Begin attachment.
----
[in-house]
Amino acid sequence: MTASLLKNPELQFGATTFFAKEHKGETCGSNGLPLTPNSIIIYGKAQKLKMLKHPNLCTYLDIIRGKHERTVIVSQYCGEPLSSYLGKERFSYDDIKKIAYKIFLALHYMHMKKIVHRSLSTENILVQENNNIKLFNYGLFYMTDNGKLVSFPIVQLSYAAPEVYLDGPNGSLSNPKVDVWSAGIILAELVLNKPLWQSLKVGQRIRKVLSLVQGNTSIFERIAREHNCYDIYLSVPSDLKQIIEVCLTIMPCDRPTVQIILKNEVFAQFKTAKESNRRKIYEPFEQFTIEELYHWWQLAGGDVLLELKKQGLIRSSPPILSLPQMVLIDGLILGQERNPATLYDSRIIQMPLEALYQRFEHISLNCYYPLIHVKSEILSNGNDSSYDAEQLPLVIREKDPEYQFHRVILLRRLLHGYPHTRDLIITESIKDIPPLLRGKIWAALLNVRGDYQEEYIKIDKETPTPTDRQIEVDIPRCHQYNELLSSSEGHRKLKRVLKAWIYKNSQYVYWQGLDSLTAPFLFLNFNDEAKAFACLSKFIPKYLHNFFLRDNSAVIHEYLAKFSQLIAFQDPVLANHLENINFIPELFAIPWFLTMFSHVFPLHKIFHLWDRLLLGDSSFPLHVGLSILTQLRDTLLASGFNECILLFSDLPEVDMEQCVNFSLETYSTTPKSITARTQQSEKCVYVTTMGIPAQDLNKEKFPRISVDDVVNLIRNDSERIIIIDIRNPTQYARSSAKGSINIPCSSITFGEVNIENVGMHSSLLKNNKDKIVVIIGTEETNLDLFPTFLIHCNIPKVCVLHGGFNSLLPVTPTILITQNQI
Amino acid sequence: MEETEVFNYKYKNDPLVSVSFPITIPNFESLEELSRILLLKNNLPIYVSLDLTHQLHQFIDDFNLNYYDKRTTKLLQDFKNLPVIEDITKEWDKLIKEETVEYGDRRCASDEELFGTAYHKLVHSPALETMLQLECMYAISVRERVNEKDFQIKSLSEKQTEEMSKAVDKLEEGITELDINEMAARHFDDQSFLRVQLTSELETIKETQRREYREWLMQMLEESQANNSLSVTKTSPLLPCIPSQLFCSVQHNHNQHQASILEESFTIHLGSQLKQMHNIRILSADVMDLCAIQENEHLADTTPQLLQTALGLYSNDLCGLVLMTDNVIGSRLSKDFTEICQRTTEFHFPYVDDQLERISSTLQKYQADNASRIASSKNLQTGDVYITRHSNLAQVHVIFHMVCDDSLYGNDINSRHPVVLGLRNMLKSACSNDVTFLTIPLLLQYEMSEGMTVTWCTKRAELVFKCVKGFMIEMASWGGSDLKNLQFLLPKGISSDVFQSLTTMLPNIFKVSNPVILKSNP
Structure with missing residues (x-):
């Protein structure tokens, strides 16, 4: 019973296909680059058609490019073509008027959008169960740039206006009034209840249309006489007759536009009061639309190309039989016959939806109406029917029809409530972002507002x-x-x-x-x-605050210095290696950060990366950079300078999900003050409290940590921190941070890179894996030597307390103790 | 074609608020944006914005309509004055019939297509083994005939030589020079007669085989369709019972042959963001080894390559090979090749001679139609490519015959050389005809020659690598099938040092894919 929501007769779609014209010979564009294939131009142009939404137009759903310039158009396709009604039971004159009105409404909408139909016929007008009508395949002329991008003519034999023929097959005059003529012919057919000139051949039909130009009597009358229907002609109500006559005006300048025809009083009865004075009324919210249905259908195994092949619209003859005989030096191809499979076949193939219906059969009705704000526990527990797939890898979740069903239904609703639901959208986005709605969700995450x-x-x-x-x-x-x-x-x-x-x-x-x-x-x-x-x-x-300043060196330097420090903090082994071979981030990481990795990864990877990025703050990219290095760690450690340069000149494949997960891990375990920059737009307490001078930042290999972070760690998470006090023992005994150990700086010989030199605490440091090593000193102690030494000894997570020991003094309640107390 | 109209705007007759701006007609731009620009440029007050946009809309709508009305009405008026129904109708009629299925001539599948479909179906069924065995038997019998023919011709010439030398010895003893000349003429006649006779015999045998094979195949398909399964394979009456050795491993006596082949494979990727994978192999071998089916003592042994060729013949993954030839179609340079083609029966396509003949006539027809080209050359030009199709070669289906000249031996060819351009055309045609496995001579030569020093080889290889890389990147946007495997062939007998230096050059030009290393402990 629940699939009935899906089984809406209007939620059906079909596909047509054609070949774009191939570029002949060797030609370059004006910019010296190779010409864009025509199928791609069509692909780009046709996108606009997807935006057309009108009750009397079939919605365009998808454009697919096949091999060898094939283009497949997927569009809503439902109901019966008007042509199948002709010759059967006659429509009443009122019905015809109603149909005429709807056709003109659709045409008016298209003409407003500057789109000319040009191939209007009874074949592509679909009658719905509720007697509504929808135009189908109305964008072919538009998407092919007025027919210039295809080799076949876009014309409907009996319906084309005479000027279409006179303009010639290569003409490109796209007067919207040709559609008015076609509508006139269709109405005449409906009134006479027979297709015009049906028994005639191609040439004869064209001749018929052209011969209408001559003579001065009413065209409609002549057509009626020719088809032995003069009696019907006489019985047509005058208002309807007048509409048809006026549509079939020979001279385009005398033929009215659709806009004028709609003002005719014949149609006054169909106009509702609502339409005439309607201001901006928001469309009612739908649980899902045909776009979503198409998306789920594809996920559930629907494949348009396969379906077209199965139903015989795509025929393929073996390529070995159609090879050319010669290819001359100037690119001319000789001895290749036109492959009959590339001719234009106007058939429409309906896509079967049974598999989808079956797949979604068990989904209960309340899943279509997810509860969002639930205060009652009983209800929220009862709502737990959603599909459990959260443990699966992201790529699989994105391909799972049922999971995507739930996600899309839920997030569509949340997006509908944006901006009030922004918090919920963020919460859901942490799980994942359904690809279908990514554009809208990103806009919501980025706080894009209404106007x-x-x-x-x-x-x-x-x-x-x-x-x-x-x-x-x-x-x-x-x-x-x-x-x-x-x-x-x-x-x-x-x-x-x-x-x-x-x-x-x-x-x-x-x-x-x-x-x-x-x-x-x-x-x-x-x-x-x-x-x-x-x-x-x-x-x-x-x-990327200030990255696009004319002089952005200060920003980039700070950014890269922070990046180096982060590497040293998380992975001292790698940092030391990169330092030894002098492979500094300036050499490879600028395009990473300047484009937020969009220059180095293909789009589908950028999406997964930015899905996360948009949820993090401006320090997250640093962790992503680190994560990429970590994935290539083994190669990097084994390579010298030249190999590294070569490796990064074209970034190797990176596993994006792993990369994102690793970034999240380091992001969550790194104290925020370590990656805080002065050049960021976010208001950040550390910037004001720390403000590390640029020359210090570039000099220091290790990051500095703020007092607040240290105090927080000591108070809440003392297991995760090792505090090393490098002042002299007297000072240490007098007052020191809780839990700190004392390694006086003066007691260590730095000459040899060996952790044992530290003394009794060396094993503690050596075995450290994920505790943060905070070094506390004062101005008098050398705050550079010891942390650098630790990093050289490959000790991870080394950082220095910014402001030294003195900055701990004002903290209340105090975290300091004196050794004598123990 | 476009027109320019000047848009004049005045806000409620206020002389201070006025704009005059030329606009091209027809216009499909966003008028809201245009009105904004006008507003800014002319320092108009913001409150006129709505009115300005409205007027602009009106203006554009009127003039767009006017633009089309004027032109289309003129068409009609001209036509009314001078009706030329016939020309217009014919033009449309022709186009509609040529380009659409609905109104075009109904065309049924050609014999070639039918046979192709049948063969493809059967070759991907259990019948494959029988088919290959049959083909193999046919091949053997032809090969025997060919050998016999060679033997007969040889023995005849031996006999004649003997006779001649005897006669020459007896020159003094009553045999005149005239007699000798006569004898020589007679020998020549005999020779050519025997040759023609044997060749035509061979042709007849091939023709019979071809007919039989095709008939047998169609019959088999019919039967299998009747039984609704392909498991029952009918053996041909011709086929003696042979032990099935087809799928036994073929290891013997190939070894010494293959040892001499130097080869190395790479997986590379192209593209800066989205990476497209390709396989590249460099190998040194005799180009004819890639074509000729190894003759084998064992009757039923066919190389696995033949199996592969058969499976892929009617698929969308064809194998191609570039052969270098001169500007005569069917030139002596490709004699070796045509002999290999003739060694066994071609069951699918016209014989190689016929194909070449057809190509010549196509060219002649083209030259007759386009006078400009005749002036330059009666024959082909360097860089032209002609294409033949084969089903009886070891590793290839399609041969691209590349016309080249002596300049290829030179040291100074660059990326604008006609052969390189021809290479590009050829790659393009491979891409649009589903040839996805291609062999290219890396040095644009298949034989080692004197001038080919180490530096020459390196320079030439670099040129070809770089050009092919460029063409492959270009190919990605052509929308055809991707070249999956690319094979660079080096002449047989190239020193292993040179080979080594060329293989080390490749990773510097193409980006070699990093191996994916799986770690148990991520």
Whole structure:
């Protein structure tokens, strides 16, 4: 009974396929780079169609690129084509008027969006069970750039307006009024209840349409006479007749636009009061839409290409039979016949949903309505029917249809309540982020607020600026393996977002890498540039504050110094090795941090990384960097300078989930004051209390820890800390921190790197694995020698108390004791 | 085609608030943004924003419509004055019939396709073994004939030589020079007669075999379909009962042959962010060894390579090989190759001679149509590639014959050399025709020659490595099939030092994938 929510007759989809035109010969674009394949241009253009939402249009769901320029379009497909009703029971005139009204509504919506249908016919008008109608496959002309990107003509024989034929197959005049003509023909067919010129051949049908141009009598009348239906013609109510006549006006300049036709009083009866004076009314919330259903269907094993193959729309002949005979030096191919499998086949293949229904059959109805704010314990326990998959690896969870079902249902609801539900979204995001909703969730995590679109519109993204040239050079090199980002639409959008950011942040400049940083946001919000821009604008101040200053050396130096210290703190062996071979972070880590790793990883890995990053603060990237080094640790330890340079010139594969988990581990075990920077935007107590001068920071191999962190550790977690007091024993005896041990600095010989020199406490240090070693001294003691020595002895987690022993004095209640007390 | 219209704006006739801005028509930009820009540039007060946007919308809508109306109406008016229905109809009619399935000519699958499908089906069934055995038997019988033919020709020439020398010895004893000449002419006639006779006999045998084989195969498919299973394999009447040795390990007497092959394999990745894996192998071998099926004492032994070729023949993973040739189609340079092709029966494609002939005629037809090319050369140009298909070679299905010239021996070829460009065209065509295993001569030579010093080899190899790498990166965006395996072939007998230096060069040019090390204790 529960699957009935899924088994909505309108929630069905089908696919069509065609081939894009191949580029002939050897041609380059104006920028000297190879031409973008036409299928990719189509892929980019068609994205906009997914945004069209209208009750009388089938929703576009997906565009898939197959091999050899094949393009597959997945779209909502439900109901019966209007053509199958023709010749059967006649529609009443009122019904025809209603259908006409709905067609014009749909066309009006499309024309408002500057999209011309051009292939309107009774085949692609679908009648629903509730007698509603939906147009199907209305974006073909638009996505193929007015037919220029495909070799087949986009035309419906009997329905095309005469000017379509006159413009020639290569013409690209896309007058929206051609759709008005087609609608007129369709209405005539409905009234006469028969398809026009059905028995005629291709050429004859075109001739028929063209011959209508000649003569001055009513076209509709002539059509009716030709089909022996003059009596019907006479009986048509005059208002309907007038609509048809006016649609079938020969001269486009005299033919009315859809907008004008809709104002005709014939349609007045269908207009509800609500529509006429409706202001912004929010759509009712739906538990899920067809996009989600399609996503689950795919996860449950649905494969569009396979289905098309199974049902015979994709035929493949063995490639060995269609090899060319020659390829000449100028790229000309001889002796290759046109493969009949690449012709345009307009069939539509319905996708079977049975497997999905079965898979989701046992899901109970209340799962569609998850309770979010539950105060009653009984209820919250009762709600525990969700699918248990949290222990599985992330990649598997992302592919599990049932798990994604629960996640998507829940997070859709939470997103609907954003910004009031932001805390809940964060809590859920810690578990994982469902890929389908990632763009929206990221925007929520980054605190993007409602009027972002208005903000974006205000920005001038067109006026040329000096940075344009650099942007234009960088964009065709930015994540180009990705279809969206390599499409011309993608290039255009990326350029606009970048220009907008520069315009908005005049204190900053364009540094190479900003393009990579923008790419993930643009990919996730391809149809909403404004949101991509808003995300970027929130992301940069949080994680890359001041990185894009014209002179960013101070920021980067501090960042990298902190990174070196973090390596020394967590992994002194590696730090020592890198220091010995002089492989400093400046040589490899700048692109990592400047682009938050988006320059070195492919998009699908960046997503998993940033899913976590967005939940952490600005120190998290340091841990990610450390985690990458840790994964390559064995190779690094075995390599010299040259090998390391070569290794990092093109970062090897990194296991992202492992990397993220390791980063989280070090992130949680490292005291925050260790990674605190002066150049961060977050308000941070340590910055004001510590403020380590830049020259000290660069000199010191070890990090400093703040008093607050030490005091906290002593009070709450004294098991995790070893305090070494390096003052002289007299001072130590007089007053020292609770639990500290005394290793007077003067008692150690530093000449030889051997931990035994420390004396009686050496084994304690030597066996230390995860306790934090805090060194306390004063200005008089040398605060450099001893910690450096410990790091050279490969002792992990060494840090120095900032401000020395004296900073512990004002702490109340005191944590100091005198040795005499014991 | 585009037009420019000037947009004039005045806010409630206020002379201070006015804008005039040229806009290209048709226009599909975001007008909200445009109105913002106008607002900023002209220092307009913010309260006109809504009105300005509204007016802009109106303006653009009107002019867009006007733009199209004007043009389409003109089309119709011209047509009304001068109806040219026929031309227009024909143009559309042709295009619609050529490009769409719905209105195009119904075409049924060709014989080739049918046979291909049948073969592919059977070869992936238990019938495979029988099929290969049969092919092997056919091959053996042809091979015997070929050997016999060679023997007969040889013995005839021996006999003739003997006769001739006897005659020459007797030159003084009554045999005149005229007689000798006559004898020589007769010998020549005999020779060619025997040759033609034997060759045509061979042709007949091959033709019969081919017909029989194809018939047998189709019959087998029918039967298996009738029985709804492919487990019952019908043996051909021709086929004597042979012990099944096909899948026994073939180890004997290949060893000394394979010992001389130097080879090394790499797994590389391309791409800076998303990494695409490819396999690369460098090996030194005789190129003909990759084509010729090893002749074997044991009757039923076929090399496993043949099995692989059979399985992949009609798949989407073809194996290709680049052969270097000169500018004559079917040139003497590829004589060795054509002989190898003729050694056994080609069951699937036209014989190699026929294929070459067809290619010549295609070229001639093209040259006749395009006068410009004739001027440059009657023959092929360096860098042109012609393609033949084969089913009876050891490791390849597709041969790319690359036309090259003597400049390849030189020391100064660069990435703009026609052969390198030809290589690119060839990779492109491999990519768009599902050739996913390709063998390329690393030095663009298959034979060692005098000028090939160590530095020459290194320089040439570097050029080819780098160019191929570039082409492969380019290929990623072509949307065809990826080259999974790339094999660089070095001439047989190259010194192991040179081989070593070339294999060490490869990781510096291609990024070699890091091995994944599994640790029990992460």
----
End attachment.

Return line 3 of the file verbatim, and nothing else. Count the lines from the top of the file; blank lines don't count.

Amino acid sequence: MEETEVFNYKYKNDPLVSVSFPITIPNFESLEELSRILLLKNNLPIYVSLDLTHQLHQFIDDFNLNYYDKRTTKLLQDFKNLPVIEDITKEWDKLIKEETVEYGDRRCASDEELFGTAYHKLVHSPALETMLQLECMYAISVRERVNEKDFQIKSLSEKQTEEMSKAVDKLEEGITELDINEMAARHFDDQSFLRVQLTSELETIKETQRREYREWLMQMLEESQANNSLSVTKTSPLLPCIPSQLFCSVQHNHNQHQASILEESFTIHLGSQLKQMHNIRILSADVMDLCAIQENEHLADTTPQLLQTALGLYSNDLCGLVLMTDNVIGSRLSKDFTEICQRTTEFHFPYVDDQLERISSTLQKYQADNASRIASSKNLQTGDVYITRHSNLAQVHVIFHMVCDDSLYGNDINSRHPVVLGLRNMLKSACSNDVTFLTIPLLLQYEMSEGMTVTWCTKRAELVFKCVKGFMIEMASWGGSDLKNLQFLLPKGISSDVFQSLTTMLPNIFKVSNPVILKSNP